This Activities page is continuously updated to show developments and achievements on initiatives to meet our key objectives. We encourage you to stop by often to keep up-to-date with the Association’s progress.
Dispelling the Myths about Softened Water and Corrosion
Softened water is sometimes mistakenly associated with the potentially corrosive properties of naturally soft water. EWTA explains the background to this misconception (Click here for detailed position) and identifies the definitive positions of the industry regarding corrosion and softened water, referring to studies conducted by associations based in Europe and the USA.
Research into the Energy Saving Benefits of Water Softeners
An extensive study on the benefit of water softeners in prevention of scale in water heaters, conducted by the Batelle Institute on behalf of the WQA, was completed at the beginning of 2010. The study clearly demonstrates a water softener to be one of the very best energy saving devices for the home with a typical effect on energy efficiency of 10% over 2 years, rising to in excess of 50% over a 15 year lifespan. It also showed heavy, unsightly deposits on showerheads, dishwashers and washing machines. The full Battelle Study can be downloaded from the internet (http://www.flawatertreatment.com/odfs/Battelle_Final_Report.pdf).
A study in the UK in 2005 showed that as little as 9 grammes of scale deposits in a water heater reduced its efficiency by 5.6%.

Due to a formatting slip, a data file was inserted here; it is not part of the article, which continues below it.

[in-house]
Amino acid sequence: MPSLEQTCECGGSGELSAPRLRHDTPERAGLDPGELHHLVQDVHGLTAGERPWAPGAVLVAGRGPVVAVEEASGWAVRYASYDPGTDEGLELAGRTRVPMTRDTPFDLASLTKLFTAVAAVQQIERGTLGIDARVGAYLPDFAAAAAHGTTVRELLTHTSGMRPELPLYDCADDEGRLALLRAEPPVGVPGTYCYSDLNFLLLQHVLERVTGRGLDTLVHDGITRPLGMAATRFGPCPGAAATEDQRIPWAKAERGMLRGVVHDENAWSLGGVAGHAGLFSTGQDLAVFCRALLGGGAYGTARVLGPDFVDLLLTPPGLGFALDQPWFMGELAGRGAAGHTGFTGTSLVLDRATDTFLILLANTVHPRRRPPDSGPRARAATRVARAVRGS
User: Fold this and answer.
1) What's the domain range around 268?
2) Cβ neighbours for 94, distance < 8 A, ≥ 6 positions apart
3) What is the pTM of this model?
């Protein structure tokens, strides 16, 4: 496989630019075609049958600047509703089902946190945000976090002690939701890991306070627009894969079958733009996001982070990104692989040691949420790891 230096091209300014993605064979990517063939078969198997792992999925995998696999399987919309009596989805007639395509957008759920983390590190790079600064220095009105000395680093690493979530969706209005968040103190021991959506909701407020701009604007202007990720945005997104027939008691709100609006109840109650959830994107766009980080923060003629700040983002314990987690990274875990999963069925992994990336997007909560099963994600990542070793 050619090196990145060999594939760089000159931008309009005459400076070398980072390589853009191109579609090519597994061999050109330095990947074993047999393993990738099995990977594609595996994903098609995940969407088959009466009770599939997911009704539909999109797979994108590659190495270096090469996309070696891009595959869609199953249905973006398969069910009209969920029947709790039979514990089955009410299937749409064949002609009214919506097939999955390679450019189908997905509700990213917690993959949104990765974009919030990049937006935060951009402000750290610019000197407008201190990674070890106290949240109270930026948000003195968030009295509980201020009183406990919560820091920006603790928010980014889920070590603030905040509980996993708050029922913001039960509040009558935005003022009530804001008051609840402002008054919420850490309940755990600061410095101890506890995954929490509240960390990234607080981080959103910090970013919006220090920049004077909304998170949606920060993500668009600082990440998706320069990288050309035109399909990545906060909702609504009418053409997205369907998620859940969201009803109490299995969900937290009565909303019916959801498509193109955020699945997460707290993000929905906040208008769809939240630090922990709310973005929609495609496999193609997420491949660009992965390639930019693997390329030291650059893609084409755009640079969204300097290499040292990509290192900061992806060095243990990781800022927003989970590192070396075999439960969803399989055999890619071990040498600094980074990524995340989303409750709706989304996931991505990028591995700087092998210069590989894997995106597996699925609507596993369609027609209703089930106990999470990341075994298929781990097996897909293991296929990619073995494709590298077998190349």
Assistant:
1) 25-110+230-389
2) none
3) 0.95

WHO Ca/Mg in Drinking Water
Since 2000, the WHO (World Health Organisation) has been investigating the evidence behind the hypothesis that minerals (specifically calcium and magnesium) in drinking water may be beneficial to cardiovascular disease (Click here for summary of the activity). The current position of the WHO is identified in the latest 2011 edition (fourth) of the WHO Guidelines for Drinking-water Quality which conclude:
“Although there is evidence from epidemiological studies for a protective effect of magnesium or hardness on cardiovascular mortality, the evidence is being debated and does not prove causality. Further studies are being conducted. There are insufficient data to suggest either minimum or maximum concentrations of minerals at this time, as adequate intake will depend on a range of other factors. Therefore, no guideline values are proposed.”
The position of the UKWTA (link to report) is that the evidence for a potential health benefit from water hardness is very weak and confined to magnesium content, for which the contribution to dietary intake would normally be trivial. The justification for any informative action is, at this stage, highly questionable and, when balanced against the benefits of soft (or softened) water, and against the benefits of optimum hydration, positive statement or action is inappropriate unless and until there are definitive conclusions from the recommended research.